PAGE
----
(JTA) — A Jewish woman in Chattanooga, Tennessee, says her child learned “how to torture a Jew” in a public school Bible class.
The woman, Juniper Russo, wrote about the incident in a Facebook post that is no longer public. In it, she alleged that the teacher had engaged in “blatant Christian proselytizing” in a Bible history class that was supposed to be “non-sectarian.”
Hamilton County Schools, Chattanooga’s public school district, is investigating the incident. Michael Dzik, president of the Jewish Federation of Chattanooga, told the Jewish Telegraphic Agency that he believed the district was taking the investigation seriously.
But Dzik said the topic wouldn’t be on the table Monday night when the federation co-hosts a conversation with Jewish cartoonist Art Spiegelman about a nearby county school board’s recent decision to withdraw his memoir on the Local Program “Maus” Holocaust. .
“It’s not going to happen,” Dzik said. “We’ve had a few questions from people but… we’ll try to stay on topic. This [Hamilton] is obviously an important topic too, [but] we want to focus on the Art and its book” for the evening.
Russo’s daughter’s class was part of an initiative by Bible in the Schools, a Chattanooga-based nonprofit that promotes Bible study in public school classrooms. Classes officially study the Bible as literature and for its historical value in a “non-sectarian” manner, according to the organization’s website, allowing classes to be taught in public schools.
“[The teacher] wrote an English transliteration of Gd’s Hebrew name on the whiteboard. This name is traditionally not spoken aloud and is traditionally only written in the Torah. She then told her students, “If you want to know how to torture a Jew, have him say it out loud,” Russo wrote, according to the Chattanooga Times Free Press, which first reported the story. “My daughter felt extremely uncomfortable hearing a teacher explain to her peers ‘how to torture a Jew’ and told me on her way home from school that she did not feel safe in the class.”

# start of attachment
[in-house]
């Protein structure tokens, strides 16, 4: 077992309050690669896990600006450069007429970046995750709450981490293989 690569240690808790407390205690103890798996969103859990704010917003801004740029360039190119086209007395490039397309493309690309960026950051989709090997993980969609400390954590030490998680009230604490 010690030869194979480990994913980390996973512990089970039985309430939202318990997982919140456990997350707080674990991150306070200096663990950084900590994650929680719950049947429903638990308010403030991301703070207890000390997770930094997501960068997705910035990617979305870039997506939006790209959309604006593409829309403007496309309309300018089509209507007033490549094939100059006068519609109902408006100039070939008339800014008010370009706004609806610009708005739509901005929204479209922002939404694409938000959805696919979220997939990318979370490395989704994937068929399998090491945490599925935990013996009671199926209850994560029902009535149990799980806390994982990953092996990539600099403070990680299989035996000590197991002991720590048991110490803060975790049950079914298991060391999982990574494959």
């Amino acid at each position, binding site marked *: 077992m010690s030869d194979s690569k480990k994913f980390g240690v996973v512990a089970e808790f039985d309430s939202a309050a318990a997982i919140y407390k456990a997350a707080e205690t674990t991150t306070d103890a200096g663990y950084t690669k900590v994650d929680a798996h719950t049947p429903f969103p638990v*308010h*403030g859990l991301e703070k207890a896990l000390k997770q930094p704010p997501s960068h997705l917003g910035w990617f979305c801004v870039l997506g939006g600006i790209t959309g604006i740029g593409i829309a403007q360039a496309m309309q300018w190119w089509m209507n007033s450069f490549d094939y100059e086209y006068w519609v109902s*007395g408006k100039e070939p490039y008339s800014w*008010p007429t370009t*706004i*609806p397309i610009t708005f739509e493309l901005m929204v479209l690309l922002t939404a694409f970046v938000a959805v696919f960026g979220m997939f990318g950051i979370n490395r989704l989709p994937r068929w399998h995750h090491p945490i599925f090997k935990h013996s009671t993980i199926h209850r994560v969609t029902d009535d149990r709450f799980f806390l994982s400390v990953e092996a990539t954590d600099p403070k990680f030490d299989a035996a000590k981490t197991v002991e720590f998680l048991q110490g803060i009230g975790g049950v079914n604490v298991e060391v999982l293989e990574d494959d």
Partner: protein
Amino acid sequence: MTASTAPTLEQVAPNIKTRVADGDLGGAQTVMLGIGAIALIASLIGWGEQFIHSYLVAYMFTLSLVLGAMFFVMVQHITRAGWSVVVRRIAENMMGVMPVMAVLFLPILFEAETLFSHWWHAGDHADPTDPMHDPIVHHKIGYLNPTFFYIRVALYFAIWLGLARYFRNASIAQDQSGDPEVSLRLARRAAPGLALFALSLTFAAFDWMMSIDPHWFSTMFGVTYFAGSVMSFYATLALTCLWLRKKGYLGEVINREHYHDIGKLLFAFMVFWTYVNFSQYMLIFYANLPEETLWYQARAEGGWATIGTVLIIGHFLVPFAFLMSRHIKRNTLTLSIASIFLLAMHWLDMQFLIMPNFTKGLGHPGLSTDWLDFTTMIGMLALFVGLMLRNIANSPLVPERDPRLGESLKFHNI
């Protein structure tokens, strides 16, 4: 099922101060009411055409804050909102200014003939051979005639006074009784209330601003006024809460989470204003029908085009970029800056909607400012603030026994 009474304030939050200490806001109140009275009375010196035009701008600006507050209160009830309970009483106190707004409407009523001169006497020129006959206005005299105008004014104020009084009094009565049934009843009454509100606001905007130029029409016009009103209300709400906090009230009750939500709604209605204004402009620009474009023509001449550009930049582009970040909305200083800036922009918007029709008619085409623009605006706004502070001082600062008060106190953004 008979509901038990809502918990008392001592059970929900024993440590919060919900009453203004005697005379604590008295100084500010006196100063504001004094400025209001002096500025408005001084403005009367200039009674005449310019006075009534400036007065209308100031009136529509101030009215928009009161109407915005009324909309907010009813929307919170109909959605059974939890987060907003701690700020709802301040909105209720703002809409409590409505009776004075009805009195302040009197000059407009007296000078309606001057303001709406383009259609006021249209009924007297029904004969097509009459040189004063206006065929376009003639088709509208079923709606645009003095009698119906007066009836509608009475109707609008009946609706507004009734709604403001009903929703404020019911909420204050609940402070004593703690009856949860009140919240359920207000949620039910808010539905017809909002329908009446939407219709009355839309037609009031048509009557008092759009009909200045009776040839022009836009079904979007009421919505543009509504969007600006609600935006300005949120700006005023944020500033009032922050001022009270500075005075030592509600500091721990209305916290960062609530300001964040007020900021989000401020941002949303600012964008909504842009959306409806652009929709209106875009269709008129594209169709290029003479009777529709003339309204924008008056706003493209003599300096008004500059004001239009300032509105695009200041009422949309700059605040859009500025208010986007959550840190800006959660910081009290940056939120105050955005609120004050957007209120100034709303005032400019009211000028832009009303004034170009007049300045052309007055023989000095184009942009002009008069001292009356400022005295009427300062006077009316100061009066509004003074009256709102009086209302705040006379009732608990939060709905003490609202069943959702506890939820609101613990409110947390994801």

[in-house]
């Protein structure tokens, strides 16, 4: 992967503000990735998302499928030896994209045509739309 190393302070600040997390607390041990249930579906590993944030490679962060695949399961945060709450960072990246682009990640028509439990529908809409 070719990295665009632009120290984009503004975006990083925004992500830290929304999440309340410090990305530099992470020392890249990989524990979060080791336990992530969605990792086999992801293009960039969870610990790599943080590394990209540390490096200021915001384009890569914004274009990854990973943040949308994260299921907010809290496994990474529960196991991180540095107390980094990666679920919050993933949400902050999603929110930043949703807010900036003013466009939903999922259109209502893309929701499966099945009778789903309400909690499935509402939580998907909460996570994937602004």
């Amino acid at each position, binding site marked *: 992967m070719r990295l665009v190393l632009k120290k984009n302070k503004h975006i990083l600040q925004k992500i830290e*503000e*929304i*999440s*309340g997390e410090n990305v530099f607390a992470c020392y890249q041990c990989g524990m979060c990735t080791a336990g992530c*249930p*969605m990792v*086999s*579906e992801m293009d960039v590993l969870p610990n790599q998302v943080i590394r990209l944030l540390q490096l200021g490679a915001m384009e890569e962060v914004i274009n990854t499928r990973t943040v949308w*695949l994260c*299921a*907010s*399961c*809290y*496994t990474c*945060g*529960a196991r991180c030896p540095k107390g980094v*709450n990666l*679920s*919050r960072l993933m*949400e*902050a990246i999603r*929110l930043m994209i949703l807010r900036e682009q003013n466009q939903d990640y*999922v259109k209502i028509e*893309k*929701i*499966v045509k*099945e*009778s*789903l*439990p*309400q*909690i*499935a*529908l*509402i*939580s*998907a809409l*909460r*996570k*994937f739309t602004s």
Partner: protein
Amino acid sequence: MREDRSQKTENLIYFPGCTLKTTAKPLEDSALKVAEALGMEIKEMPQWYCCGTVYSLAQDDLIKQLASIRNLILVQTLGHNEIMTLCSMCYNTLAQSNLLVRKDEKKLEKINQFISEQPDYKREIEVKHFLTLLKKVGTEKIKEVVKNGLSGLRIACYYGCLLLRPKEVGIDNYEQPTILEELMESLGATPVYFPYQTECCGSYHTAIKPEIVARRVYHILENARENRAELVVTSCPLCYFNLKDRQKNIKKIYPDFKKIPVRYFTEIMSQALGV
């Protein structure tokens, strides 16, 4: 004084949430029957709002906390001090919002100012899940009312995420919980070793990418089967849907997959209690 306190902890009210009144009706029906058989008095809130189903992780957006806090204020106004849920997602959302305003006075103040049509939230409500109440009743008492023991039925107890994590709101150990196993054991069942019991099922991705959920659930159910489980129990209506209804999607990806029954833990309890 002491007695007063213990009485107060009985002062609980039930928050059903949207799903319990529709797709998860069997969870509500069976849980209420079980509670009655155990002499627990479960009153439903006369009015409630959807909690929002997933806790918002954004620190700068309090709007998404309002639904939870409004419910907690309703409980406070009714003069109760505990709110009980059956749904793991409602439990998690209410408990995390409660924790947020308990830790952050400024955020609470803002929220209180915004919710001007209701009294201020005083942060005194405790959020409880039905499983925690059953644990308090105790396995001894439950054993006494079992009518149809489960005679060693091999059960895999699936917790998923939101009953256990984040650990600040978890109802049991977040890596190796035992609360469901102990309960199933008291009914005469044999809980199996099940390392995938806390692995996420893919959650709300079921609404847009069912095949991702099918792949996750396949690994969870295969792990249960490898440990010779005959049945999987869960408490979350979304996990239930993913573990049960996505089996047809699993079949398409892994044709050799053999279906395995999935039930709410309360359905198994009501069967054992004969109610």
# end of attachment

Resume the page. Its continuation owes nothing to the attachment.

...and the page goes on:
Jews do not usually pronounce the name of God as it is written in some parts of the Bible, but rather pronounce it as “adonai”, which means “my lord”.
Russo, whose family belongs to the Reformed Mizpah Congregation of Chattanooga, told the local newspaper that she reported the matter in her daughter’s class to the Anti-Defamation League, which collects and responds to allegations of anti-Semitism.
The incident comes just weeks after the McMinn County School Board, located about 50 miles northeast of Chattanooga, removed ‘Maus’ from its curriculum after parents complained about the appearance of swearing and nudity in the book. The book, which tells the story of the author’s father during the Holocaust and depicts Jews as mice and Nazis as cats chasing them, is frequently used to teach middle and high school students about the Holocaust.
Dzik said that while the alleged incident in the Bible studies class would not be part of Monday’s conversation with Spiegelman, the conference would continue over time “back and forth, for sure.” About the Bible in schools, he said conference officials were “looking forward to meeting them” to discuss the initiative, whose teachers include many trained in Christian seminaries.
“I hope this is an opportunity for them to reflect on that and look at the curriculum and see how the teachers present the material, to make sure that – the term we used is – there’s “education, not indoctrination,” Dzik said. .